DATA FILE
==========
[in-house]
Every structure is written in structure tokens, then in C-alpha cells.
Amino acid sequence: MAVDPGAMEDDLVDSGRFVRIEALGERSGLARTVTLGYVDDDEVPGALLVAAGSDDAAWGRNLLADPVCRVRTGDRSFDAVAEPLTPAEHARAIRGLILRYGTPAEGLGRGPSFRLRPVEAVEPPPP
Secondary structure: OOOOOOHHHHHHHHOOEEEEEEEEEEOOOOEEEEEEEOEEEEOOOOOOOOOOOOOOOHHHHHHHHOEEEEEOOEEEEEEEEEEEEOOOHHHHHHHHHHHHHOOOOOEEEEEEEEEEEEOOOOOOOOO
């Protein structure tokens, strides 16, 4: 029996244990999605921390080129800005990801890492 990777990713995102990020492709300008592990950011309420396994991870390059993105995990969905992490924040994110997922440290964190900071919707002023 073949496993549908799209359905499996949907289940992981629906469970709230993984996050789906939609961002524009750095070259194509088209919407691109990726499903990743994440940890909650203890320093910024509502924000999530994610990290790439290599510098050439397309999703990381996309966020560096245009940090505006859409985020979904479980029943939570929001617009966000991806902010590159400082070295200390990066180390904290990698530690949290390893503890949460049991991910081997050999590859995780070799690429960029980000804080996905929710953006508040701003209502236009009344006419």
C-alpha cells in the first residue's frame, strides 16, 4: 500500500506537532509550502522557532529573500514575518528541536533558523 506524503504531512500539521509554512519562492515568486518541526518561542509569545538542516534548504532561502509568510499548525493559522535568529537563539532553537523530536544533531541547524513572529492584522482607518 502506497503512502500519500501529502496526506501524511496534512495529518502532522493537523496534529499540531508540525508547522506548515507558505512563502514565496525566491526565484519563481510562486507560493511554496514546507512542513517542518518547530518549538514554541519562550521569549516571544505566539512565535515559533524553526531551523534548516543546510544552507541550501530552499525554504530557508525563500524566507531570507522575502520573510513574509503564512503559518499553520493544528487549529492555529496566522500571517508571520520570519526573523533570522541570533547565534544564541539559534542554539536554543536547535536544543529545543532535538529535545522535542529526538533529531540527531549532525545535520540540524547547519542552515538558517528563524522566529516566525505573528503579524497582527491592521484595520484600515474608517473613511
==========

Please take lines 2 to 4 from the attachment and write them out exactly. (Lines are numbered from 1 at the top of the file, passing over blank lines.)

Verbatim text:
Every structure is written in structure tokens, then in C-alpha cells.
Amino acid sequence: MAVDPGAMEDDLVDSGRFVRIEALGERSGLARTVTLGYVDDDEVPGALLVAAGSDDAAWGRNLLADPVCRVRTGDRSFDAVAEPLTPAEHARAIRGLILRYGTPAEGLGRGPSFRLRPVEAVEPPPP
Secondary structure: OOOOOOHHHHHHHHOOEEEEEEEEEEOOOOEEEEEEEOEEEEOOOOOOOOOOOOOOOHHHHHHHHOEEEEEOOEEEEEEEEEEEEOOOHHHHHHHHHHHHHOOOOOEEEEEEEEEEEEOOOOOOOOO